Did Gucci Copy ‘Dapper Dan’? Or Was It ‘Homage’?

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Did Gucci Copy ‘Dapper Dan’? Or Was It ‘Homage’?

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Who knocks off the knockers-off? Who bootlegs the bootleggers?

It is not quite as Juvenal, the great Roman satirist, once put it (“who watches the watchmen?”), but then, it was not quite Rome, either. It was in Florence, Italy, earlier this week, at a Gucci fashion show, that the question arose.

Alessandro Michele, Gucci’s magpie creative director, whose taste for mixing and mingling wildly disparate elements is his signature, was staging his cruise collection show, a hodgepodge of Renaissance, 1980s and street wear references, half gilded, half granny, half gamine. (That’s three halves, but more is more in Mr. Michele’s saturated world.)

Among the show’s 115 looks, one stood out to many observers: a fur-paneled bomber jacket with enormous balloon sleeves in the Gucci double-G logo.

It looked, as online pundits quickly pointed out, just like one designed by Daniel Day, better known as the imitation artist Dapper Dan, whose Harlem boutique was, in the 1980s and early ’90s, the go-to for rappers, gangsters, boxers and anyone else looking for even more Gucci, Fendi and Louis Vuitton than could be found at Gucci, Fendi or Louis Vuitton. His 125th Street shop and atelier was, at times, open 24 hours a day. (The original Dapper Dan jacket, made for the Olympic gold medalist Diane Dixon, in 1989, had LV-logo sleeves.)

With his jacket, Mr. Michele is effectively reappropriating the appropriation, with all the tangled politics and ethics that that would imply. Critics on social media voiced their displeasure; Ms. Dixon herself posted photographs of the two jackets side by side and asked that credit be given to Mr. Day.

Gucci does not dispute that the jacket, Look No. 33, is a homage.

In a statement, the company said, “Gucci’s ‘new Renaissance’ cruise 2018 fashion show included references to periods of revitalization spanning many different eras, in particular the European Renaissance, the ’70s and the ’80s. The collection also saw a continuation of Alessandro Michele’s exploration of faux-real culture with a series of pieces playing on the Gucci logo and monogram, including a puff-sleeved bomber jacket from the 1980s in an homage to the work of the renowned Harlem tailor Daniel ‘Dapper Dan’ Day and in celebration of the culture of that era in Harlem.”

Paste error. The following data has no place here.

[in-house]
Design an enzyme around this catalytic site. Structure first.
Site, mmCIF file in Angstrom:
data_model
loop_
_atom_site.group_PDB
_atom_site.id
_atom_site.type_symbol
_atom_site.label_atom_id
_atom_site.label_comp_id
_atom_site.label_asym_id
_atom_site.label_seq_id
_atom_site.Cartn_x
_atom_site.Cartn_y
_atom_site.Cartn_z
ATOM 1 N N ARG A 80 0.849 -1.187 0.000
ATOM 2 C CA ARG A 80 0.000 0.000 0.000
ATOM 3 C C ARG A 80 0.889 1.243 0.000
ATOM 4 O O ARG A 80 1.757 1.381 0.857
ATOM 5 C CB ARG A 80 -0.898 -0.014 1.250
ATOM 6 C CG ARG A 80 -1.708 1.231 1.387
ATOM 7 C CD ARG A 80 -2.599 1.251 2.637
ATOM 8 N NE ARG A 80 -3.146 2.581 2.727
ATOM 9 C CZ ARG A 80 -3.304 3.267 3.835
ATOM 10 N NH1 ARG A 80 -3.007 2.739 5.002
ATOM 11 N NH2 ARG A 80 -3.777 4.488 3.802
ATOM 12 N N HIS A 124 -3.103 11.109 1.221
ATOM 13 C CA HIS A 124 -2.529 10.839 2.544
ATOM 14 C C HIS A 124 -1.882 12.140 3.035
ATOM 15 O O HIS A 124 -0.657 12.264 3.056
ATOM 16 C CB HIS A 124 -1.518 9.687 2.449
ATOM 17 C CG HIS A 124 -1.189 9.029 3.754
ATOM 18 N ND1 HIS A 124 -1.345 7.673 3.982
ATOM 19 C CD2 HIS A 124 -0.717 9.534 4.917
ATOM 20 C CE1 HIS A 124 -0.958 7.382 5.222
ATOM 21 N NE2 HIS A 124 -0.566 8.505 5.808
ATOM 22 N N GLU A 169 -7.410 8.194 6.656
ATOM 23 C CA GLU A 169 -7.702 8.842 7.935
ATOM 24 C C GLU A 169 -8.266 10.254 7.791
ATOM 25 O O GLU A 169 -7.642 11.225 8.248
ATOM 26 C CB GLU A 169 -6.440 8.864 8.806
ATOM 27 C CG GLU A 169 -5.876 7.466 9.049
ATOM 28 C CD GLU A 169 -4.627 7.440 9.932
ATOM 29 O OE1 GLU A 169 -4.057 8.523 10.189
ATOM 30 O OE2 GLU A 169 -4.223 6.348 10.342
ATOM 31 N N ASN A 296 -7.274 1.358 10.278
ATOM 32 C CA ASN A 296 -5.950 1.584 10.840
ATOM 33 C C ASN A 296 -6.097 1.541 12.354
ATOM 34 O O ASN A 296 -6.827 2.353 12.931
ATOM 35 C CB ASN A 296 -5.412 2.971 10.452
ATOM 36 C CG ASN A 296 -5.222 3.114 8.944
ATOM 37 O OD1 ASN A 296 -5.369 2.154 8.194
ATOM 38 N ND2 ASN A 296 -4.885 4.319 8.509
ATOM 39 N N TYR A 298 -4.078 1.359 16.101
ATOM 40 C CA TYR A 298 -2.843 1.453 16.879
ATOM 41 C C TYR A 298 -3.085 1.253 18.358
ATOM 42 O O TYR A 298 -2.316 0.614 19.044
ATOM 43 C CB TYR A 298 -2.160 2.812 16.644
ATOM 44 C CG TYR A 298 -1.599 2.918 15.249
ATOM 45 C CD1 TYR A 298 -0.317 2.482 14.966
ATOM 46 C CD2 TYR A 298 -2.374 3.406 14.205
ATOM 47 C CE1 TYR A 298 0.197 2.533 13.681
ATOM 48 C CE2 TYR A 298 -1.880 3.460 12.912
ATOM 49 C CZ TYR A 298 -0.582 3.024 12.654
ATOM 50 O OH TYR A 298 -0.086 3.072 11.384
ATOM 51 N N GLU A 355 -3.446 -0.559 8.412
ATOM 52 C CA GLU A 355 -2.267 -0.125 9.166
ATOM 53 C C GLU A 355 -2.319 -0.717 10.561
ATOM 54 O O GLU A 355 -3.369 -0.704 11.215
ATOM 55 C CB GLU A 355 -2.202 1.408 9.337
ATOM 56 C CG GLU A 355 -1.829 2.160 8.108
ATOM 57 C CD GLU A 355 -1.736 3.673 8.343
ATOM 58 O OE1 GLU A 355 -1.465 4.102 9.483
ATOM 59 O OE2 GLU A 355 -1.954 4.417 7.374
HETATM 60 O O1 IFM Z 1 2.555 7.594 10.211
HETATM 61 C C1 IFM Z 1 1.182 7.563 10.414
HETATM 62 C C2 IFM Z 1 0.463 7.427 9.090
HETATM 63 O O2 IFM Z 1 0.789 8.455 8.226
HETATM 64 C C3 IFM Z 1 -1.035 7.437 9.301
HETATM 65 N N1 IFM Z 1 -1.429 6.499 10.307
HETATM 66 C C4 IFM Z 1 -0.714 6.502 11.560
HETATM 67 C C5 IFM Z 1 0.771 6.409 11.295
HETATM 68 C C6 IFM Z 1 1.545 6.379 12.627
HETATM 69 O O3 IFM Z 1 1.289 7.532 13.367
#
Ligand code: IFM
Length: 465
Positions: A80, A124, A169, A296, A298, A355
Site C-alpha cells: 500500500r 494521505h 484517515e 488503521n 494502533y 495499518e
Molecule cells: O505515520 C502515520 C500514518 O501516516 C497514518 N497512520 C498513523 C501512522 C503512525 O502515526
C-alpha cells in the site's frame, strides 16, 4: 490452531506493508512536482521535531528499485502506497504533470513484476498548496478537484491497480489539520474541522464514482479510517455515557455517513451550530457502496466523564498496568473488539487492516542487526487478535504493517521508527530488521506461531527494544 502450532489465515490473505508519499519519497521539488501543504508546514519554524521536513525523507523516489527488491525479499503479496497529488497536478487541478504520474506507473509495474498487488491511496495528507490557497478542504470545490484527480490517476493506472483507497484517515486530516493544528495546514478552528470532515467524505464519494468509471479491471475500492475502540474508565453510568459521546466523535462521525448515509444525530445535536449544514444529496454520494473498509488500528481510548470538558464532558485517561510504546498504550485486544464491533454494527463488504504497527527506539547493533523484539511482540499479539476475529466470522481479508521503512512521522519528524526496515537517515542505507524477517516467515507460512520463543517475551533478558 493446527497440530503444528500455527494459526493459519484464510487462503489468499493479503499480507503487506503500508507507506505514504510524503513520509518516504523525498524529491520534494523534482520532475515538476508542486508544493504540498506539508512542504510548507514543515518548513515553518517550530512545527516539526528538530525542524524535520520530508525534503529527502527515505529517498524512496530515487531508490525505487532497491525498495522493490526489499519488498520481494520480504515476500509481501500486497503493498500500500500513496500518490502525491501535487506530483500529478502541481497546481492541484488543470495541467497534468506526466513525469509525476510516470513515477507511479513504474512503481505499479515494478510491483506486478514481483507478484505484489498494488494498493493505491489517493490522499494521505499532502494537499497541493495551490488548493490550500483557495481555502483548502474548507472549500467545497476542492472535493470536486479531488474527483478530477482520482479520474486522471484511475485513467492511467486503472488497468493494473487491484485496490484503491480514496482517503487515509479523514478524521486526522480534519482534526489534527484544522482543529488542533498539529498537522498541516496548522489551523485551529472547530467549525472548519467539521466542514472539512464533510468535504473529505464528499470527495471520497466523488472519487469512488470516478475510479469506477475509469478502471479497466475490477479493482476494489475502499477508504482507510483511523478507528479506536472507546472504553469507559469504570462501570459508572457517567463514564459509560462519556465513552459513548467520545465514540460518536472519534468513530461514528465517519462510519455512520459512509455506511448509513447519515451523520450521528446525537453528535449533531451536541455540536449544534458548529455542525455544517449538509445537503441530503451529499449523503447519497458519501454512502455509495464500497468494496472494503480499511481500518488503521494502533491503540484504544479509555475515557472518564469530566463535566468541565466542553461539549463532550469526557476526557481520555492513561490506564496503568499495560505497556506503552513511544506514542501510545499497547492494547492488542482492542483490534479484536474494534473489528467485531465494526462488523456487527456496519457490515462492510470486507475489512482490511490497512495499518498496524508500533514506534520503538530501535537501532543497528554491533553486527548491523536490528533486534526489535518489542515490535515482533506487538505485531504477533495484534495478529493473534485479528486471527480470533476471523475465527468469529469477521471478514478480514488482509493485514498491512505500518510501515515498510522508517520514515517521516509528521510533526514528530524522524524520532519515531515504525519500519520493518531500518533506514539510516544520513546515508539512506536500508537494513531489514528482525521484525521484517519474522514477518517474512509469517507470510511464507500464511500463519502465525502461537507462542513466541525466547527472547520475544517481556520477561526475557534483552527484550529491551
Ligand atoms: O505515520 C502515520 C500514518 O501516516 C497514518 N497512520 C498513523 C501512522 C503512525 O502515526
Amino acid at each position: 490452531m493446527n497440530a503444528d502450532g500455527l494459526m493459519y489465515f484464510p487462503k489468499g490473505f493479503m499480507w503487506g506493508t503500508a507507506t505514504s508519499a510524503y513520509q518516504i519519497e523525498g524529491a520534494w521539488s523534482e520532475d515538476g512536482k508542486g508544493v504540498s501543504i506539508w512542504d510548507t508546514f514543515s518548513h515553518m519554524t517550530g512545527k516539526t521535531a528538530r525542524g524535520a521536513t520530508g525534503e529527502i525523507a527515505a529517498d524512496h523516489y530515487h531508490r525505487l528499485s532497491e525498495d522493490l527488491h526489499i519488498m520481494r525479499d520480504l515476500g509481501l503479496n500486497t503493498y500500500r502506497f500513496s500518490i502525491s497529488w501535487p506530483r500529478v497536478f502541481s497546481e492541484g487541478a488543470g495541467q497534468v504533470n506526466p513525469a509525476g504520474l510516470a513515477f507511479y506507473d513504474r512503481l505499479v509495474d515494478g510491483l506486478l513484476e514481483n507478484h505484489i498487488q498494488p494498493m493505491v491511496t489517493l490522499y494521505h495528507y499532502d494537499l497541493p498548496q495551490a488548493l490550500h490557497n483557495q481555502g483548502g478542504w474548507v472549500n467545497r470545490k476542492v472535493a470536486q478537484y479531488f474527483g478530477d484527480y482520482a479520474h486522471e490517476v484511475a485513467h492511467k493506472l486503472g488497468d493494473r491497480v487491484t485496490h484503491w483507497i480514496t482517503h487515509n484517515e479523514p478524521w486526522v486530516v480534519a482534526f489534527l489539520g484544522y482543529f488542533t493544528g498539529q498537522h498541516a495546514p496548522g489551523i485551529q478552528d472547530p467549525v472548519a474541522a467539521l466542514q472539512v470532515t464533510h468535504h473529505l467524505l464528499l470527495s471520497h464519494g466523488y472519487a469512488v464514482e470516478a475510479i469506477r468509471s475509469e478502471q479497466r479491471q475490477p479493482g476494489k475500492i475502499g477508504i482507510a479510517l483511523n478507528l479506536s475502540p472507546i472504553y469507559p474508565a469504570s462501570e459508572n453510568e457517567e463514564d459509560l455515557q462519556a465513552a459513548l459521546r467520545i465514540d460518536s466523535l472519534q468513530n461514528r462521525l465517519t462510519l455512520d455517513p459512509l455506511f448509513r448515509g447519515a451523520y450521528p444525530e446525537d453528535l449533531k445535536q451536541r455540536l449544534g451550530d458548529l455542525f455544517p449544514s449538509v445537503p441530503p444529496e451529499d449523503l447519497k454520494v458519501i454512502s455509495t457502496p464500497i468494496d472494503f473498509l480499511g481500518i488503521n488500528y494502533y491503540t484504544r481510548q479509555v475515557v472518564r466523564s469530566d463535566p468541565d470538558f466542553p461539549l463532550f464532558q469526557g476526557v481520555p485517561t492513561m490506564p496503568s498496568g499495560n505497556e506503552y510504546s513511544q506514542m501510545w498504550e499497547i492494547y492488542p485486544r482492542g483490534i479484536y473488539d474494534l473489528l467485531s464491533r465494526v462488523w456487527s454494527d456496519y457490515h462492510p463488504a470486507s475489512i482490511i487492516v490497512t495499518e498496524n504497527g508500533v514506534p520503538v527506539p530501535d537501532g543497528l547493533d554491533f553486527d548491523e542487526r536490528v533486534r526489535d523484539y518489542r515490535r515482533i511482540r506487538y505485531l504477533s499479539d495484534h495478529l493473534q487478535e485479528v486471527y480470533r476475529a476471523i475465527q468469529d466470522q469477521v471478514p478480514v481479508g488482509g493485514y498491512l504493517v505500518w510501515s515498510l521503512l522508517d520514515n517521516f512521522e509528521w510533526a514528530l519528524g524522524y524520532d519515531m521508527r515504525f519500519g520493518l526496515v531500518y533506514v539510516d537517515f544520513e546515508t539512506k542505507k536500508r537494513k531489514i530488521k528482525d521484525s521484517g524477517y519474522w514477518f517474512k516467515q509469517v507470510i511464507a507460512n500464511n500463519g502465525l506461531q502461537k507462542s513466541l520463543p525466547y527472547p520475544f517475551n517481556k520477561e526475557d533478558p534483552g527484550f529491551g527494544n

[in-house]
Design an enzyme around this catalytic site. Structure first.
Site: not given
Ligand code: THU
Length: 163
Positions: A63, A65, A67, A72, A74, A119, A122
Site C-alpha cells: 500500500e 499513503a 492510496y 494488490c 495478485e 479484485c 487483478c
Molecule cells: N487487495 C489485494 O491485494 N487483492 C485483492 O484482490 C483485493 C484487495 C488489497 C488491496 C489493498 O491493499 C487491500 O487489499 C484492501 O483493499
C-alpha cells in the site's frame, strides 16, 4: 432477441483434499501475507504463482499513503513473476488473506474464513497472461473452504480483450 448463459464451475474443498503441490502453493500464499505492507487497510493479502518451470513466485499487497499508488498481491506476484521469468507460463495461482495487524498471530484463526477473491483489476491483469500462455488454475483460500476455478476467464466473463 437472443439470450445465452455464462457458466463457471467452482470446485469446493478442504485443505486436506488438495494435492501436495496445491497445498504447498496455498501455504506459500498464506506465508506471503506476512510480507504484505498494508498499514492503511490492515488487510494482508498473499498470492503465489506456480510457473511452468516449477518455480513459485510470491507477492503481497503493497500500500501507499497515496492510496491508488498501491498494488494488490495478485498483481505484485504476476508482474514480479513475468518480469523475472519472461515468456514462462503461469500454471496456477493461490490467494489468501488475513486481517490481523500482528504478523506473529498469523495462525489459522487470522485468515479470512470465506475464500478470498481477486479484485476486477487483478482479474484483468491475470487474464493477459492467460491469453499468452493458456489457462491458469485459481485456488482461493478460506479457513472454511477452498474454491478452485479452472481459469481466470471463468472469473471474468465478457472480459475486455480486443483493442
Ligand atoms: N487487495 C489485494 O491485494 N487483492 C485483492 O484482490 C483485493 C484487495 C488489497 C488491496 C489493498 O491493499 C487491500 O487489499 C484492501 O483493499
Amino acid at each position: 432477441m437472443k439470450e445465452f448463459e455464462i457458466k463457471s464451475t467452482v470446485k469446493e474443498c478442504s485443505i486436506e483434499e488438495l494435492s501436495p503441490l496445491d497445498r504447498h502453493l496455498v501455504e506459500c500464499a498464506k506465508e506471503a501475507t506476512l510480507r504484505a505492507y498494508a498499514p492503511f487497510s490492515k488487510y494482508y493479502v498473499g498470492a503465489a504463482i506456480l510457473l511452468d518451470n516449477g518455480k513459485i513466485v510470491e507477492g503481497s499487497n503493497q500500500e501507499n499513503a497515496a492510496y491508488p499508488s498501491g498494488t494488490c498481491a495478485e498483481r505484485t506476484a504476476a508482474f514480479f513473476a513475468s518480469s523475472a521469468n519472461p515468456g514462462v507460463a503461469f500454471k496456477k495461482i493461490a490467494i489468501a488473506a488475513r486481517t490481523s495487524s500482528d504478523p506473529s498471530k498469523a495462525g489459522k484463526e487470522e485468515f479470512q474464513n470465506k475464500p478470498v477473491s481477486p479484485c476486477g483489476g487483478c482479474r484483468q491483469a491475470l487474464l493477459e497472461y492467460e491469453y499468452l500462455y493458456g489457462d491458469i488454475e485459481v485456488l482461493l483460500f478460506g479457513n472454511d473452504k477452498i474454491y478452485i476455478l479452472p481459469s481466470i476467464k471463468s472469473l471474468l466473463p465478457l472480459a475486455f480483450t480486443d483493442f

A Gucci spokesman said that the brand has tried to contact Mr. Day, so far without success, and that Mr. Michele was interested in a collaboration with him that would celebrate the influence he had on fashion and hip-hop culture in the 1980s.

Interactive Feature | dapper dan

Mr. Day, and his son and brand manager, Jelani Day, declined to comment for this article.

In his career, Mr. Day, who magnified luxury brands’ logomania to larger-than-life proportions, essentially elevated the knockoff to an art unto itself: fashion as sampling.

He began by repurposing existing branded items, including garment bags, but eventually moved on to screen-printing brand logos himself, Gucci among them (see, for example, the cover of Eric B. and Rakim’s album “Paid in Full”). Some labels, unsurprisingly, objected; Mr. Day was sued, and the store was occasionally raided. The Dapper Dan boutique closed in 1992.

It may, in fact, be a case of fashion catching up to him. “I never designed anything” that the luxury houses would think of, he told New York magazine in 2015. “I was too cutting-edge for that.”

Interactive Feature | The Open Thread Fashion Newsletter A look from across The New York Times at the forces that shape the dress codes we share, with Vanessa Friedman as your personal shopper. Sent weekly.

While counterfeiting remains a thorn in the side of luxury brands, there has also increasingly been a more playful approach taken (in certain cases) by the industry. In January, Louis Vuitton unveiled a collaboration with the skate brand Supreme. Both sides had seemingly agreed to forget that, years earlier, Louis Vuitton had ordered Supreme to cease and desist from using a pattern similar to its monogram.

At Gucci, Mr. Michele has toggled between the real and the fake with aplomb. It is enough to scramble the minds of copyright lawyers and epistemologists alike. Several pieces in the cruise collection bore the label “GUCCY,” playing on the law-dodging misspellings sometimes used by knockoff artists: a faux real, for real.

And when Mr. Michele discovered Trevor Andrew, a New York artist, making and selling his own fake Gucci items as “GucciGhost,” he did not sue. He brought him into the fold.

GucciGhost became a successful capsule collection in 2016.

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